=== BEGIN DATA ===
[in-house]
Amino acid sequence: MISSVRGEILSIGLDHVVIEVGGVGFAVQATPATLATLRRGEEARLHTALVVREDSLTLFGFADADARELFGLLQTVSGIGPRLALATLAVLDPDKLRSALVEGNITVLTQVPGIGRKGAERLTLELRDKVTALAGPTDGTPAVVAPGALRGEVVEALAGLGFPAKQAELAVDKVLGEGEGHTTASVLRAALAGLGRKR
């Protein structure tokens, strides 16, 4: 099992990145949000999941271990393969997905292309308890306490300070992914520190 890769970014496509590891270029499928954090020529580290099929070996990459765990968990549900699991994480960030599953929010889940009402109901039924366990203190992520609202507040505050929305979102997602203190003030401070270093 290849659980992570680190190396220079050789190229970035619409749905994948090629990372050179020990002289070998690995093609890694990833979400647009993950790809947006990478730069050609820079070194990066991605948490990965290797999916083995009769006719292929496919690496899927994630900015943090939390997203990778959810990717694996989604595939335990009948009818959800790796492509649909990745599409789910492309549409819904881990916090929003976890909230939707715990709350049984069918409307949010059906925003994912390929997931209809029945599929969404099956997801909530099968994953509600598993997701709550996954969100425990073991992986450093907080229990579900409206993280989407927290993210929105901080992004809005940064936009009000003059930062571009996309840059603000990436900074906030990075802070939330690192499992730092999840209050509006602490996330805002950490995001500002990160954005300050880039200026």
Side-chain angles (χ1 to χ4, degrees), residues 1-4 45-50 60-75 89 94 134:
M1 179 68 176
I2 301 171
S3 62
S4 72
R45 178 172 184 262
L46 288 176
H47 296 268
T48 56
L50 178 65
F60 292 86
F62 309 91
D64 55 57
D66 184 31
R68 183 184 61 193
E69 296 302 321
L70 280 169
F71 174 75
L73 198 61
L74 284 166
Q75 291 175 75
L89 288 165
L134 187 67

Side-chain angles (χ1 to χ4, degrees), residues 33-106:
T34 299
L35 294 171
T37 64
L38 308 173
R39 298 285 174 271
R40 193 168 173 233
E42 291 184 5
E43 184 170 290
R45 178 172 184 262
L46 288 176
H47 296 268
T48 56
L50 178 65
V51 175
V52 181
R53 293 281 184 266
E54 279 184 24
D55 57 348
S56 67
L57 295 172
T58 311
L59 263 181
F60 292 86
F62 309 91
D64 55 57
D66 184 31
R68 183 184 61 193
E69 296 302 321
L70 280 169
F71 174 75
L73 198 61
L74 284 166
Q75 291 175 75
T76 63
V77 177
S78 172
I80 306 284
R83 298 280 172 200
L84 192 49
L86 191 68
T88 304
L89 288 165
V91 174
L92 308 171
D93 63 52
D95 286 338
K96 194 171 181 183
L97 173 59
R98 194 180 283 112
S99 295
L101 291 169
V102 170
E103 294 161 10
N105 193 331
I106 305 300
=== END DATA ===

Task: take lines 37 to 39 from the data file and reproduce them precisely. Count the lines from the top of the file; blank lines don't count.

L46 288 176
H47 296 268
T48 56